Owning Your Brand
I just received the graphic below as part of a marketing campaign and laughed out loud. For anyone who has seen the Netflix original documentary “Fyre, The Greatest Party That Never Happened” you know why. Take a close look at the precise choice of words in the copy: “ultimate team player,” “man of many talents,” and “whatever it takes.” This is spot on and on-brand for Andy King who went from a well-regarded industry insider to the poster child for ‘take one for the team.’ (Truly, if you haven’t seen the Fyre documentary, you should).
I am writing this because it is a great example of owning your brand. We don’t get to choose what our brand means to the public, they do. We want to shape it, to cajole it, to manipulate it to match our strategy. But in the end, brand essence is determined by those other than the owners of the brand. At the point that brand perception goes in a direction other than our choosing, we have three choices: 1) do nothing, 2) fight against it, or 3) own it. In the case of Andy King, I would surmise he evaluated that being world-renowned for a positive attribute like being a team player was better for his brand than being a little-known but highly respected event logistician. He must also have calculated how difficult it would be for him to reshape his brand essence after the debacle that was Fyre rather than riding the wave.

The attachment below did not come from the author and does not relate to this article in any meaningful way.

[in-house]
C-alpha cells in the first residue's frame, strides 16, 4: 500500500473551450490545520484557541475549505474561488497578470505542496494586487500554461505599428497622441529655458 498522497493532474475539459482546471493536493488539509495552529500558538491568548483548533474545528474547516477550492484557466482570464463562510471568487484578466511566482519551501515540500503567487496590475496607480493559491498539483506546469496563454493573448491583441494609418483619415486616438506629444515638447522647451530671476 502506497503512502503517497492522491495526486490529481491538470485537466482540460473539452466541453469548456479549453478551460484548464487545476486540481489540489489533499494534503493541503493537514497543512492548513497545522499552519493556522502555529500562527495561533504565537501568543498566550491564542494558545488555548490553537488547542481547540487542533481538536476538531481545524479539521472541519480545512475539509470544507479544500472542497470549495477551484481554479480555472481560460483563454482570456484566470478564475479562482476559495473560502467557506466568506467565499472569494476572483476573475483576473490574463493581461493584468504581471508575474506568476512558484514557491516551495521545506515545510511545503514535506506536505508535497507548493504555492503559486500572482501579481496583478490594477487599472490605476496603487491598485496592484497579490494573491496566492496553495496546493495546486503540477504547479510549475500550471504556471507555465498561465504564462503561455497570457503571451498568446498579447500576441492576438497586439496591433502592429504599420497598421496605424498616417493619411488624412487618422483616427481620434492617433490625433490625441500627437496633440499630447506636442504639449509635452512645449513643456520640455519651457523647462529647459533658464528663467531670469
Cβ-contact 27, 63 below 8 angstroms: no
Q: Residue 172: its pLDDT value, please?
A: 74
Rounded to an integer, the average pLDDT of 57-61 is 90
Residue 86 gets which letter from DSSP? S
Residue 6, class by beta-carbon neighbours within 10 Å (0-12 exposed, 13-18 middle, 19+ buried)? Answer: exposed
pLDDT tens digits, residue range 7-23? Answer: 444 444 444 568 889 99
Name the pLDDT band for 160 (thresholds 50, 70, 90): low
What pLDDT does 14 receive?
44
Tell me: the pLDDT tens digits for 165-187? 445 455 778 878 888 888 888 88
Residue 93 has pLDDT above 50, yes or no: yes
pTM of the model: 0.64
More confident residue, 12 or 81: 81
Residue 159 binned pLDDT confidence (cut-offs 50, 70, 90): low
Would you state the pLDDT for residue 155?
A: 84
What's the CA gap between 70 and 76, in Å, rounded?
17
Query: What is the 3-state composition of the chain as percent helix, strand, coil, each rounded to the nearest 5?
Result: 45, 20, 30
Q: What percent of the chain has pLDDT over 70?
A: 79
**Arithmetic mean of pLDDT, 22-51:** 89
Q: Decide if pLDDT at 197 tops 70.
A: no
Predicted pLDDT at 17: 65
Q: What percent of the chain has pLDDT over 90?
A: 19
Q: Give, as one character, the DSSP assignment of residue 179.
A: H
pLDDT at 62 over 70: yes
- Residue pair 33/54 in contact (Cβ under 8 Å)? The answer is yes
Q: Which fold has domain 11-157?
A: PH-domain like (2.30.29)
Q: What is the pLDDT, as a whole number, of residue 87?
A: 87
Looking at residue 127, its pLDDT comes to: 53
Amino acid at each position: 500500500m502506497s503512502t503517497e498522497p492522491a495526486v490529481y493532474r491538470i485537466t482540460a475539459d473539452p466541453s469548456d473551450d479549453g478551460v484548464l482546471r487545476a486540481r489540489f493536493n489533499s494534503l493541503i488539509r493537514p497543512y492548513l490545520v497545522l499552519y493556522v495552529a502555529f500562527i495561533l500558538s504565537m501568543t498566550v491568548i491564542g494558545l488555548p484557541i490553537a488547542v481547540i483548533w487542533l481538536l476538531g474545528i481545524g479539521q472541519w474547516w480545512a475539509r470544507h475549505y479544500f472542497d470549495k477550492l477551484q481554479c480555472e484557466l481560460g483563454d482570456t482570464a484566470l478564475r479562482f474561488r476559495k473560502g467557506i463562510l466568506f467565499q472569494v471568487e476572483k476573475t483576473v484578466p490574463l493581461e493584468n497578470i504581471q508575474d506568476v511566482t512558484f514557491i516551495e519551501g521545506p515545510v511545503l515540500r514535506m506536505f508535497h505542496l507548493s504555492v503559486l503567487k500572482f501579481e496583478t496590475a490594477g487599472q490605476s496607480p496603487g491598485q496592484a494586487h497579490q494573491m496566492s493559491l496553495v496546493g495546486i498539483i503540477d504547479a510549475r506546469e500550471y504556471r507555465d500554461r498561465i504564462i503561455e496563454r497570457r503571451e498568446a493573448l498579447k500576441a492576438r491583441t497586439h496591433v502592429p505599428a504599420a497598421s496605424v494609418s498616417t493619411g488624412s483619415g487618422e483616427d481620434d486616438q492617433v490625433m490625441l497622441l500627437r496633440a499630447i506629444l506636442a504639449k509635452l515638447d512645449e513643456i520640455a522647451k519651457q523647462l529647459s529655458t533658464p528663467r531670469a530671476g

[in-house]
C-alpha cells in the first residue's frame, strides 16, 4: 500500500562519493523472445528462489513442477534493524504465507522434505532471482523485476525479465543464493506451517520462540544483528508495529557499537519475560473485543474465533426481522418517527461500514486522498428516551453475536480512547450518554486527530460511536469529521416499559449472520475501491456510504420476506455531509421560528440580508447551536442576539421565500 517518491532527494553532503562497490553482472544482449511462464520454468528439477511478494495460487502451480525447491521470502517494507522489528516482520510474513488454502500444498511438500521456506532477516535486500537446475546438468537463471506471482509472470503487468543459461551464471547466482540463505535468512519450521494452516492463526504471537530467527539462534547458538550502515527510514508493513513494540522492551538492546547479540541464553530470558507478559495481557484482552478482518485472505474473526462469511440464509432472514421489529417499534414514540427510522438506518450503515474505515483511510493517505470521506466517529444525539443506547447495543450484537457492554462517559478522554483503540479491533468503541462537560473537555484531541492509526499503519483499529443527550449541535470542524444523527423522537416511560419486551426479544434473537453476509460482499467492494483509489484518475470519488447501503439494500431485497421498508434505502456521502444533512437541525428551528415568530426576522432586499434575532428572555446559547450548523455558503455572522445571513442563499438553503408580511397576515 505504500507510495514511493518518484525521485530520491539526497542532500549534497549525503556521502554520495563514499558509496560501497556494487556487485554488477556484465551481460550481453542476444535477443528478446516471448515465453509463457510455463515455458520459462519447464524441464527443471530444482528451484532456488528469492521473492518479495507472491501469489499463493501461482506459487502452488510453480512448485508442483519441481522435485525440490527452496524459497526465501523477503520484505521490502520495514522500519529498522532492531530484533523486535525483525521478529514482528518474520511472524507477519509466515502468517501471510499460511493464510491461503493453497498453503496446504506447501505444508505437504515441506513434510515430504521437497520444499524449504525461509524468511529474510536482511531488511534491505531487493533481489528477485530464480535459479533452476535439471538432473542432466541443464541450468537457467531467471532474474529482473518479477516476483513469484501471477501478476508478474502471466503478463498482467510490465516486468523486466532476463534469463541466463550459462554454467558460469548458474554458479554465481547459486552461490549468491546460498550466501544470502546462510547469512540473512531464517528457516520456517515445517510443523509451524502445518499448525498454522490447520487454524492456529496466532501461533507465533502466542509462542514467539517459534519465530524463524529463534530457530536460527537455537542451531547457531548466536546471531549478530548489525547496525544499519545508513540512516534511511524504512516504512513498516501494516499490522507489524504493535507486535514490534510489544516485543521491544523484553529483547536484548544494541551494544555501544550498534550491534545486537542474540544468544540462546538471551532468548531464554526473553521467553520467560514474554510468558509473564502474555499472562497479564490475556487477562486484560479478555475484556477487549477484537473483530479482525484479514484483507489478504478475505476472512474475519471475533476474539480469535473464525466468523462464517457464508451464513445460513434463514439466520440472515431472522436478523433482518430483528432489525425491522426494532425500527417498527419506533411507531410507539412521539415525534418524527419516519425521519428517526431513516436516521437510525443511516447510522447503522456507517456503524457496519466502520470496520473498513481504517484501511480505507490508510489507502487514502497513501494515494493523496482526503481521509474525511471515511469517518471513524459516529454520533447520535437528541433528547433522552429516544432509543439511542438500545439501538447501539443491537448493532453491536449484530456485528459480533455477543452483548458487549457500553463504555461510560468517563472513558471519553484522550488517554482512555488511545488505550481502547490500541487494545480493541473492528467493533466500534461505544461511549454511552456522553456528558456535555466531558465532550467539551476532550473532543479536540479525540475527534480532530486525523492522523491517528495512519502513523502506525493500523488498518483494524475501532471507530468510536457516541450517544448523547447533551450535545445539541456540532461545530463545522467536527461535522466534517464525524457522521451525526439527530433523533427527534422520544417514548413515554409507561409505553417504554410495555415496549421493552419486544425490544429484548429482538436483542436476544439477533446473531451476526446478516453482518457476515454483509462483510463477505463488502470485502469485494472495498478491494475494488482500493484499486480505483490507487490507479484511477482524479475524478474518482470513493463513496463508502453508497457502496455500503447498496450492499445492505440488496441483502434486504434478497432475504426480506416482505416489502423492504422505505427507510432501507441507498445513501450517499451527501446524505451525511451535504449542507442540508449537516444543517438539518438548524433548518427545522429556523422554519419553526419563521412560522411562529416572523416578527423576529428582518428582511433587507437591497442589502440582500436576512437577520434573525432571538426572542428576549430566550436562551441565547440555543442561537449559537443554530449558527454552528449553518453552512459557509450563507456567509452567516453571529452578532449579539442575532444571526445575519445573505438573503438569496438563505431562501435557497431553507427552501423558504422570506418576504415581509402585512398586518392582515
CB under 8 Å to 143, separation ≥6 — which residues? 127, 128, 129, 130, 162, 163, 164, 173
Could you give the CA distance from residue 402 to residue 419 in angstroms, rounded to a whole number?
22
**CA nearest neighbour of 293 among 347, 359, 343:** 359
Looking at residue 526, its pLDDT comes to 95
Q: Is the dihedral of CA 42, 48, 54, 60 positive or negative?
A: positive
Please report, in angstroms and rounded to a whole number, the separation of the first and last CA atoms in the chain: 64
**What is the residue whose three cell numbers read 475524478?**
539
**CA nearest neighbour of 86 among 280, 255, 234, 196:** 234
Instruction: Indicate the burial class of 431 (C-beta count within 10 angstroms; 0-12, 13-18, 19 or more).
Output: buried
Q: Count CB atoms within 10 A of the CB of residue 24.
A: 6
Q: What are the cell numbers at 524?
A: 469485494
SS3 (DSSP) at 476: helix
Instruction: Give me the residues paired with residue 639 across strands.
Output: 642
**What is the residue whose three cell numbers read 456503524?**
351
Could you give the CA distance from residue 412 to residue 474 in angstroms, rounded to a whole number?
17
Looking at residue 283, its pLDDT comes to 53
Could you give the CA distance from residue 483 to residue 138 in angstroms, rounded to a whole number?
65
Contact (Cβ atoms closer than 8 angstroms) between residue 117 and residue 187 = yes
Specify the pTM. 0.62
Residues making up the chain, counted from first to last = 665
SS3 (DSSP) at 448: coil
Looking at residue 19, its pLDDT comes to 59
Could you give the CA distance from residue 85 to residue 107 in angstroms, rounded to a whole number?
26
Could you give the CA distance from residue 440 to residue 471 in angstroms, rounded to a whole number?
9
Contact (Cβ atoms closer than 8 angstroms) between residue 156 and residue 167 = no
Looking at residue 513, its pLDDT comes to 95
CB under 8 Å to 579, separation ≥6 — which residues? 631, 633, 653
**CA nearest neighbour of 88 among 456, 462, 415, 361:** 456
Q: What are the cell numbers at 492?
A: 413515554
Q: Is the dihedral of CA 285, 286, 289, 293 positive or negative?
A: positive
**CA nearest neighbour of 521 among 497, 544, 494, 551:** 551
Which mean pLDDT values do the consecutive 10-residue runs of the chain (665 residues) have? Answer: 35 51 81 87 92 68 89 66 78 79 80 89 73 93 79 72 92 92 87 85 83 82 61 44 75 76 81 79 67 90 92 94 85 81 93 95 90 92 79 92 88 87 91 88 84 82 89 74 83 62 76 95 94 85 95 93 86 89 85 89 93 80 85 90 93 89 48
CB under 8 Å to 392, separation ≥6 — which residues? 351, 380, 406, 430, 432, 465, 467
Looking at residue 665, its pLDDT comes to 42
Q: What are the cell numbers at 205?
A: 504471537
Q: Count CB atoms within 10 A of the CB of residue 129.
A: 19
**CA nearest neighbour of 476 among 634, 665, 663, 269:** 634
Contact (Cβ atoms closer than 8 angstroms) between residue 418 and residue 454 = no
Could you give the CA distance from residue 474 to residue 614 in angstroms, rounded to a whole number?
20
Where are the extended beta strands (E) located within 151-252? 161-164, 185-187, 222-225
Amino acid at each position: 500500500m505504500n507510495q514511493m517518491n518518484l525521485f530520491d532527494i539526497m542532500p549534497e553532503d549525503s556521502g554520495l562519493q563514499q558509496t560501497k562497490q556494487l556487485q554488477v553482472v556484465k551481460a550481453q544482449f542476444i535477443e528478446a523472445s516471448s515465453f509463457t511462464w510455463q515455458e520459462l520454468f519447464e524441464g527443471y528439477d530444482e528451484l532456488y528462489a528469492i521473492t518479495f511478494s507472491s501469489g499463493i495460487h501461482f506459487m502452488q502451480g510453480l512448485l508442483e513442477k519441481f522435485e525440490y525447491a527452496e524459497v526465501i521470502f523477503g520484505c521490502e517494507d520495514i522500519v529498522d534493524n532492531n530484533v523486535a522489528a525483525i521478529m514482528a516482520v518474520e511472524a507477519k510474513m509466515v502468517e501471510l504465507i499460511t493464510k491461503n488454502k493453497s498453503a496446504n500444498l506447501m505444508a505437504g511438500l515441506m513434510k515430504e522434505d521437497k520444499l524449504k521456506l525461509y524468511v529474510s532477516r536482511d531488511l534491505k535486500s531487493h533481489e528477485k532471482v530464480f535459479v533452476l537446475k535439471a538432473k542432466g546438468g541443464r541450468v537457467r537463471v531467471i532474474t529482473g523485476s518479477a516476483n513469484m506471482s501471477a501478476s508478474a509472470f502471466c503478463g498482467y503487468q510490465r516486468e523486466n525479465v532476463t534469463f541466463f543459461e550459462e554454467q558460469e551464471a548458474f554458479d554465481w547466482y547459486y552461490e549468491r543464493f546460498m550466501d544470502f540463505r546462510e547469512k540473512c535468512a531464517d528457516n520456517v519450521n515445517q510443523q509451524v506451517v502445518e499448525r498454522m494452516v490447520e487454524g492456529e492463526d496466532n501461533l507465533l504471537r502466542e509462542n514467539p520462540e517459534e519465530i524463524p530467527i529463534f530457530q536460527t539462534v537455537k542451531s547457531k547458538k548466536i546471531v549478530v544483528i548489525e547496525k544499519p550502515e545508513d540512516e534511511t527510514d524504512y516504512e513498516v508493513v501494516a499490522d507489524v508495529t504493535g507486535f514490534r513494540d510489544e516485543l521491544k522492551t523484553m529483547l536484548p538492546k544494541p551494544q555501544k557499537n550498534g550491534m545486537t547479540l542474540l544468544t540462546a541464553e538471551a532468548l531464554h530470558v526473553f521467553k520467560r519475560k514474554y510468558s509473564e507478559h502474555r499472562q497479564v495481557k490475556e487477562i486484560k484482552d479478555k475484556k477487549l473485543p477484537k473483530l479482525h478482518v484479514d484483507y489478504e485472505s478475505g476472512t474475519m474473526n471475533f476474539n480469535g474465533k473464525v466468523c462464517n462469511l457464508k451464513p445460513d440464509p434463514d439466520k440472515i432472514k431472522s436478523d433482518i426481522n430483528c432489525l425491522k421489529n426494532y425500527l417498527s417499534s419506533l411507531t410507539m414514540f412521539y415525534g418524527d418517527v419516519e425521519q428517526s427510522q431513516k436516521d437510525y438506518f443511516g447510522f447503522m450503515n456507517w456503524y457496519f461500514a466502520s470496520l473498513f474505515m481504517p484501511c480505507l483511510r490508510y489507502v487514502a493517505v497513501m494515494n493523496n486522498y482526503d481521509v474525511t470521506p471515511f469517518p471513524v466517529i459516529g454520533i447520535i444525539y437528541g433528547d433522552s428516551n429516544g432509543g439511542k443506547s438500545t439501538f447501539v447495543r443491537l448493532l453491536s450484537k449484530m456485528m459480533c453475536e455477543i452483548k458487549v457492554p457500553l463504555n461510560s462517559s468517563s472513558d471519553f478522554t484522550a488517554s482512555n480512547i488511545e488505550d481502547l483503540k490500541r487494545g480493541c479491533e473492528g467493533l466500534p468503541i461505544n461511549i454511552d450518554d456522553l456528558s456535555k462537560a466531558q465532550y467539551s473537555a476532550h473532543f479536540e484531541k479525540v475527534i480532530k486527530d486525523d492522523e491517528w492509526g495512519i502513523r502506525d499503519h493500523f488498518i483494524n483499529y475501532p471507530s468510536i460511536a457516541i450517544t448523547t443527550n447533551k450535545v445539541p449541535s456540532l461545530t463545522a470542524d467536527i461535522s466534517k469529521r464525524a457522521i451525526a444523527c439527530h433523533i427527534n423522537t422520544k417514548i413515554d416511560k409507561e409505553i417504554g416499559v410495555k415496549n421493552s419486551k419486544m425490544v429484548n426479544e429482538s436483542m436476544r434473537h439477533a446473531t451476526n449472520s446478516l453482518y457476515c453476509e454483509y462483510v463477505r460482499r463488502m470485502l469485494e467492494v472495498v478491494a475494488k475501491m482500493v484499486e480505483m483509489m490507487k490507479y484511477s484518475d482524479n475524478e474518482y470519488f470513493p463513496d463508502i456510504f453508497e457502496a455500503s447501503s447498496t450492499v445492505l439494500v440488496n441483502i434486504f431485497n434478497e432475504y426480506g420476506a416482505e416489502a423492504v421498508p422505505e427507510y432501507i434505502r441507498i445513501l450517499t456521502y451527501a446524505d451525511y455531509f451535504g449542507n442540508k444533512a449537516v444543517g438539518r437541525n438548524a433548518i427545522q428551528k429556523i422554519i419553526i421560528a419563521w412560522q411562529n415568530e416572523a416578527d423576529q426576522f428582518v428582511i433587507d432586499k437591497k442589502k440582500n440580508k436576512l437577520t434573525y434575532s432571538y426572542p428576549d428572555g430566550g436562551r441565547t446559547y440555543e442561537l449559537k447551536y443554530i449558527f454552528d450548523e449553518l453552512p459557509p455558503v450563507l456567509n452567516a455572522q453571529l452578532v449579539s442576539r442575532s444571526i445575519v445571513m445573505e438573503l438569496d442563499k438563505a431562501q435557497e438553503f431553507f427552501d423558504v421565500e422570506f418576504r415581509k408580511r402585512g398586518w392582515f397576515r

Another example of owning your brand was ‘Kombucha Girl’ Brittany Broski who accidentally became a meme. In this case, her evocative reactions posted on a TikTok video to trying kombucha for the first time resulted in the Internet doing what the Internet does, applying her reactions to all manner of topics—some tame and others highly inappropriate in polite circles.
She was fired from her job at a bank and faced the prospect of not being able to pursue a ‘normal’ corporate career. Brittany embraced her fame and crafted a new career by owning her newfound brand and using it to her benefit.
So what would you do if an event happened that turned your brand in a direction you did not intend? Would your internal teams have the perspective and chutzpah to argue for a direction that was different than what they have been previously promoting to the depth of their souls?
There are times when it is vital to bring in an outside perspective who will work well with internal stakeholders but who also has no aversion to speaking truth to power, allowing all avenues to be explored. It also is advisable to commission a study every now and then to try and find out what your brand essence truly is out in the world at large. Do you really think you already know your brand essence, and that it hasn’t veered off in a different direction?
Like Andy King or Brittany Broski, maybe a huge new opportunity is waiting for you to grab on, embrace a new direction, and take one for the benefit of your team.